Sunday, 21 June 2009

Kulfi, falooda and jalebis

Growing up in the UK, I would often hear about Melas being held in parts of England, namely London, Leicester, Birmingham and Manchester, cities that had a large diverse population. The word ‘Mela’ has different meanings to different people. Originating from Sanskrit and meaning ‘to meet’ or ‘gathering’, in Hindi or Urdu the word also means ‘fair’ as in funfair. Nevertheless, the concept of Mela has developed across the world to represent a coming together of many peoples, from varied background and cultures, meeting in celebration of their shared cultural diversity.

There was nothing happening in Wales at the time. During my university years in the mid 1990s, I used to live in Glasgow and there was hardly any mention of a Mela, except what was happening in Edinburgh. The Edinburgh Mela was originally founded in 1995 by members of the city's South Asian communities who wanted to celebrate significant religious events like Eid, Holi or Diwali and acknowledge the diversity within them. What started of as small low key annual indoor event developed into a grand outdoor spectacular sensations, since then the Edinburgh Mela has grown into one of Scotlands leading celebration of cultural diversity through the arts.

What I as a non-Scots person (without allegiance to either city) have noticed and have found quite amusing is that Edinburgh and Glasgow are always competing with each other, in relation to showmanship and tourism.

Anyway, according to some of the Glasgow websites, Glasgow Mela was created in 1990 for city’s European City of Culture status, apparently well before the West End festival which is in its 14th year. However research shows me that although there was a Mela type event held at the Tramway in 1990, this did not mean that Melas were being held thereafter in Glasgow. So I don’t know if history is being rewritten, but I did really think that Edinburgh Mela came before the Glasgow Mela. For me awareness of the Glasgow Mela came in 2000 and it was rather disappointing affair and did not live to my expectations. I heard from some community group representatives there that the Glasgow Mela was only in its second year so it was still having teething problems in establishing itself. So much so that many of the Glaswegian South Asians I knew would travel to the Edinburgh Mela as it was much more developed, vibrant and lively in comparison.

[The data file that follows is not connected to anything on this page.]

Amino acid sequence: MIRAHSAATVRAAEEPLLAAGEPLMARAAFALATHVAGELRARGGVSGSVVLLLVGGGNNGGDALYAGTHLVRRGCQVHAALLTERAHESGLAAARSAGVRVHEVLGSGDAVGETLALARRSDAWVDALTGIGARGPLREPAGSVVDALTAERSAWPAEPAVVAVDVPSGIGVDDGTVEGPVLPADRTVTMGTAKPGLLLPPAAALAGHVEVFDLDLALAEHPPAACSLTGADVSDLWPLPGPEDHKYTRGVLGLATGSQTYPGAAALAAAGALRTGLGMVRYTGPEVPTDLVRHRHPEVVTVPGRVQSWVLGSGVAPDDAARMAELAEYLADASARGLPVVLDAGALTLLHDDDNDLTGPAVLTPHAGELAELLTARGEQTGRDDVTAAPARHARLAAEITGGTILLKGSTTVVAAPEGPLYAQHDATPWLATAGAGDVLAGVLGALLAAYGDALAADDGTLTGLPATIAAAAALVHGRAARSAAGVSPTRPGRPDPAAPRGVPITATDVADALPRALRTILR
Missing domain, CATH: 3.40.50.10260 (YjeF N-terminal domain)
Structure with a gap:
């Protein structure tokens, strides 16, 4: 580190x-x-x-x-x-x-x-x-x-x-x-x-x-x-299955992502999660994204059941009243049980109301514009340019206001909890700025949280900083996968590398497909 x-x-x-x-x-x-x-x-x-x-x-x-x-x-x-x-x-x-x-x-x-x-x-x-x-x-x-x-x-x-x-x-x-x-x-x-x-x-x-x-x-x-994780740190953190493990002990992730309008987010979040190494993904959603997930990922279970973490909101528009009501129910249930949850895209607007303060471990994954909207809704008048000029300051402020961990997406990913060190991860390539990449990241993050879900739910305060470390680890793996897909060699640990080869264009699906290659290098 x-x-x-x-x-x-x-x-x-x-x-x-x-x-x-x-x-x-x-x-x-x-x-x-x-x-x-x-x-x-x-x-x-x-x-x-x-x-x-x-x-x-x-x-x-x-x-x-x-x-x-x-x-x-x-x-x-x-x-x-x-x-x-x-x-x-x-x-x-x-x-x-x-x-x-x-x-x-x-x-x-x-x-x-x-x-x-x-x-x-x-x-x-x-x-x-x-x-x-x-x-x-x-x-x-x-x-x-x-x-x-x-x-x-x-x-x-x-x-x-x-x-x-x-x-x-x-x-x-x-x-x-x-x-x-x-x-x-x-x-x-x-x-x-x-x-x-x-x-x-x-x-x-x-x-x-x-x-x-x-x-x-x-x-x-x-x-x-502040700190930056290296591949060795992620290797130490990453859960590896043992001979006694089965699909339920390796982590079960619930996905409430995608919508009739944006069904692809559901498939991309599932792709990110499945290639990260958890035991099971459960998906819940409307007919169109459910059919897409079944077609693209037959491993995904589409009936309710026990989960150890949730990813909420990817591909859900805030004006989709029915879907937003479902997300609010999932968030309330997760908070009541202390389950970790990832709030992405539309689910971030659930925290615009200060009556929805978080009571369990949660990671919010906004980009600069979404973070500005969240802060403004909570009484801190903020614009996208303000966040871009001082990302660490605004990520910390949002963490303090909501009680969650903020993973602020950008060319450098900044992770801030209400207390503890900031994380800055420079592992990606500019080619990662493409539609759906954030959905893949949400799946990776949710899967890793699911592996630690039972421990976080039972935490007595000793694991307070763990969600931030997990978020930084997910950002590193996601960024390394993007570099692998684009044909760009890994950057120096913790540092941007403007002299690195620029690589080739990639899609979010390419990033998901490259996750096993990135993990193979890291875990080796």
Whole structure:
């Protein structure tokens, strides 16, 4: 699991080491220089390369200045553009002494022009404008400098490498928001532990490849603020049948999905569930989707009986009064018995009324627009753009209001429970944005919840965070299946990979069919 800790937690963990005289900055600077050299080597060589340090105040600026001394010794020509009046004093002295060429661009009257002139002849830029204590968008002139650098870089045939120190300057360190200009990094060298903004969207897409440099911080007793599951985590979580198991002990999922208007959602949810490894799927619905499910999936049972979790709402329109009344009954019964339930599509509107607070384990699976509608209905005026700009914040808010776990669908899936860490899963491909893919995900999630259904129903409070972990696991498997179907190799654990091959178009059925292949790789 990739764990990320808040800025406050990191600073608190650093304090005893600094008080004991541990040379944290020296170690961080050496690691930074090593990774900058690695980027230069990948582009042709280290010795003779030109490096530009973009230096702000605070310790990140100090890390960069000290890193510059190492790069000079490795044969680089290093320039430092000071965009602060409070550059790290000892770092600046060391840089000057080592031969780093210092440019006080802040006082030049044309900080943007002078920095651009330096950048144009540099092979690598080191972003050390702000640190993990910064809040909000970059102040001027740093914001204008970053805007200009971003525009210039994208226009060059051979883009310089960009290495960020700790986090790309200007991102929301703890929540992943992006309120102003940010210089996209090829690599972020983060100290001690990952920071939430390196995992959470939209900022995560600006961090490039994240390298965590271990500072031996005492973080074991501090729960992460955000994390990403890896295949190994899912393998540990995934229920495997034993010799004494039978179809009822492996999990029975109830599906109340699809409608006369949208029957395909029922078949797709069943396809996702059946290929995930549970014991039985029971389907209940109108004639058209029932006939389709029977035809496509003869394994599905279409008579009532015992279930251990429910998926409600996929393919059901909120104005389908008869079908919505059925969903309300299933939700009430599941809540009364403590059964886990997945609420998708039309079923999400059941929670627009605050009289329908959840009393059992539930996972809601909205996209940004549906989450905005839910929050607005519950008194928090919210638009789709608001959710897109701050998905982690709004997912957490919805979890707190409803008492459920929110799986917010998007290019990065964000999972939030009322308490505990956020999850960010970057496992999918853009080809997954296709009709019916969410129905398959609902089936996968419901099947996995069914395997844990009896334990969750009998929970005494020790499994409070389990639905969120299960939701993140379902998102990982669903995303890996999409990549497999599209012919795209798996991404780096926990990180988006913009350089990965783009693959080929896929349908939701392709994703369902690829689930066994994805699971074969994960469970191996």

These days the Glasgow Mela runs alongside the West End festival and Scottish Refugee Week. These events combined attract thousands of visitors. This year the Glasgow Mela took place at the leafy Kelvingrove Park in the city's West End.

These are some of my limited pictures from the day, all with emphasis on food, of course. If you have a seriously sweet tooth. Here are some South Asian sweet delights: Kulfi and Falooda stalls
Freshly made Jalebi - a syrupy deep-fried swirly sweet.
As I left I did hear someone grumble 'bogs, burgers and booze' - I feel better to know that I am not the only one discontent with the mela. But thumbs up, that there is something like this happening in the city for the locals to enjoy. Things can only getter better.

2 comments:

  1. I love kulfi but it is not something that is easy to find here. Yum!

    ReplyDelete

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